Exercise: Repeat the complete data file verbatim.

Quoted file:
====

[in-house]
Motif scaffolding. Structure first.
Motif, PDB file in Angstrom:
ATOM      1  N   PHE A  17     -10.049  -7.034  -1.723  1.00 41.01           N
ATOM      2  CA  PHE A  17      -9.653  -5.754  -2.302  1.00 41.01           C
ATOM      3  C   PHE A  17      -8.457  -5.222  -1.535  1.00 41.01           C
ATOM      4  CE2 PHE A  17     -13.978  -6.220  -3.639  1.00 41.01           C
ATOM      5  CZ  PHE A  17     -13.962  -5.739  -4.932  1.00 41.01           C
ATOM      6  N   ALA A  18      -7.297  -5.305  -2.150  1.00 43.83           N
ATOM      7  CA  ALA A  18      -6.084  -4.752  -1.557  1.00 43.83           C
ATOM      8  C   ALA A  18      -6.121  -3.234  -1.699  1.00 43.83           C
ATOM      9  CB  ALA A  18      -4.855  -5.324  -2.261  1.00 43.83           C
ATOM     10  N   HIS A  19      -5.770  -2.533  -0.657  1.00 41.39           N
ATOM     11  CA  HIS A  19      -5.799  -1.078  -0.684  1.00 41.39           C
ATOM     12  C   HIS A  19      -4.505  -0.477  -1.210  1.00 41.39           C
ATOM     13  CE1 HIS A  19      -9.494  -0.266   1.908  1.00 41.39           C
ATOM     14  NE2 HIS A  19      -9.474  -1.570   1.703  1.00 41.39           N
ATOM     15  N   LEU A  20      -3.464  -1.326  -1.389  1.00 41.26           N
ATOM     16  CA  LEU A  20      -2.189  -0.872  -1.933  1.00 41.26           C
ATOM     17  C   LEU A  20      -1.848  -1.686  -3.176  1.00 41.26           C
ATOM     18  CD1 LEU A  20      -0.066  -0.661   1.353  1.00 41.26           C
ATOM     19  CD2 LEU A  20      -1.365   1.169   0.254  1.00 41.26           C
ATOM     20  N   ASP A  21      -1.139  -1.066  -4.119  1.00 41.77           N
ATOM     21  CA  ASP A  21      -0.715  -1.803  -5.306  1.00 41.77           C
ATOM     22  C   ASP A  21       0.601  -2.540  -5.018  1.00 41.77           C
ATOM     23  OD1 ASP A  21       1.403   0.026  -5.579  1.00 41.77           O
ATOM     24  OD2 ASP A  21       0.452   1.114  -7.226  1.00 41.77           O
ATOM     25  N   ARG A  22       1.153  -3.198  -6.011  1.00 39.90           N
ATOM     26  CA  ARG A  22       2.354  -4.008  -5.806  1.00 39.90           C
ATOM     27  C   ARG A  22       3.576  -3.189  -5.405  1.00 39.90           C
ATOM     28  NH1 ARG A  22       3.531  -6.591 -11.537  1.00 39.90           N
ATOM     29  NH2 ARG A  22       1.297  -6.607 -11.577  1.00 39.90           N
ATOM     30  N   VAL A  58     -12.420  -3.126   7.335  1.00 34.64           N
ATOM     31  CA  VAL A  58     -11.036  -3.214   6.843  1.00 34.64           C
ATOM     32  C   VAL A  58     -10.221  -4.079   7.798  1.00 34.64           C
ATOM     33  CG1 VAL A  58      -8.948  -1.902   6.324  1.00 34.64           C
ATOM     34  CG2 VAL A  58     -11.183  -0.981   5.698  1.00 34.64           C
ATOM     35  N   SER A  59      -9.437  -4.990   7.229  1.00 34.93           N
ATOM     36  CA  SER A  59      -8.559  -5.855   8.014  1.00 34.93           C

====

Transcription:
[in-house]
Motif scaffolding. Structure first.
Motif, PDB file in Angstrom:
ATOM      1  N   PHE A  17     -10.049  -7.034  -1.723  1.00 41.01           N
ATOM      2  CA  PHE A  17      -9.653  -5.754  -2.302  1.00 41.01           C
ATOM      3  C   PHE A  17      -8.457  -5.222  -1.535  1.00 41.01           C
ATOM      4  CE2 PHE A  17     -13.978  -6.220  -3.639  1.00 41.01           C
ATOM      5  CZ  PHE A  17     -13.962  -5.739  -4.932  1.00 41.01           C
ATOM      6  N   ALA A  18      -7.297  -5.305  -2.150  1.00 43.83           N
ATOM      7  CA  ALA A  18      -6.084  -4.752  -1.557  1.00 43.83           C
ATOM      8  C   ALA A  18      -6.121  -3.234  -1.699  1.00 43.83           C
ATOM      9  CB  ALA A  18      -4.855  -5.324  -2.261  1.00 43.83           C
ATOM     10  N   HIS A  19      -5.770  -2.533  -0.657  1.00 41.39           N
ATOM     11  CA  HIS A  19      -5.799  -1.078  -0.684  1.00 41.39           C
ATOM     12  C   HIS A  19      -4.505  -0.477  -1.210  1.00 41.39           C
ATOM     13  CE1 HIS A  19      -9.494  -0.266   1.908  1.00 41.39           C
ATOM     14  NE2 HIS A  19      -9.474  -1.570   1.703  1.00 41.39           N
ATOM     15  N   LEU A  20      -3.464  -1.326  -1.389  1.00 41.26           N
ATOM     16  CA  LEU A  20      -2.189  -0.872  -1.933  1.00 41.26           C
ATOM     17  C   LEU A  20      -1.848  -1.686  -3.176  1.00 41.26           C
ATOM     18  CD1 LEU A  20      -0.066  -0.661   1.353  1.00 41.26           C
ATOM     19  CD2 LEU A  20      -1.365   1.169   0.254  1.00 41.26           C
ATOM     20  N   ASP A  21      -1.139  -1.066  -4.119  1.00 41.77           N
ATOM     21  CA  ASP A  21      -0.715  -1.803  -5.306  1.00 41.77           C
ATOM     22  C   ASP A  21       0.601  -2.540  -5.018  1.00 41.77           C
ATOM     23  OD1 ASP A  21       1.403   0.026  -5.579  1.00 41.77           O
ATOM     24  OD2 ASP A  21       0.452   1.114  -7.226  1.00 41.77           O
ATOM     25  N   ARG A  22       1.153  -3.198  -6.011  1.00 39.90           N
ATOM     26  CA  ARG A  22       2.354  -4.008  -5.806  1.00 39.90           C
ATOM     27  C   ARG A  22       3.576  -3.189  -5.405  1.00 39.90           C
ATOM     28  NH1 ARG A  22       3.531  -6.591 -11.537  1.00 39.90           N
ATOM     29  NH2 ARG A  22       1.297  -6.607 -11.577  1.00 39.90           N
ATOM     30  N   VAL A  58     -12.420  -3.126   7.335  1.00 34.64           N
ATOM     31  CA  VAL A  58     -11.036  -3.214   6.843  1.00 34.64           C
ATOM     32  C   VAL A  58     -10.221  -4.079   7.798  1.00 34.64           C
ATOM     33  CG1 VAL A  58      -8.948  -1.902   6.324  1.00 34.64           C
ATOM     34  CG2 VAL A  58     -11.183  -0.981   5.698  1.00 34.64           C
ATOM     35  N   SER A  59      -9.437  -4.990   7.229  1.00 34.93           N
ATOM     36  CA  SER A  59      -8.559  -5.855   8.014  1.00 34.93           C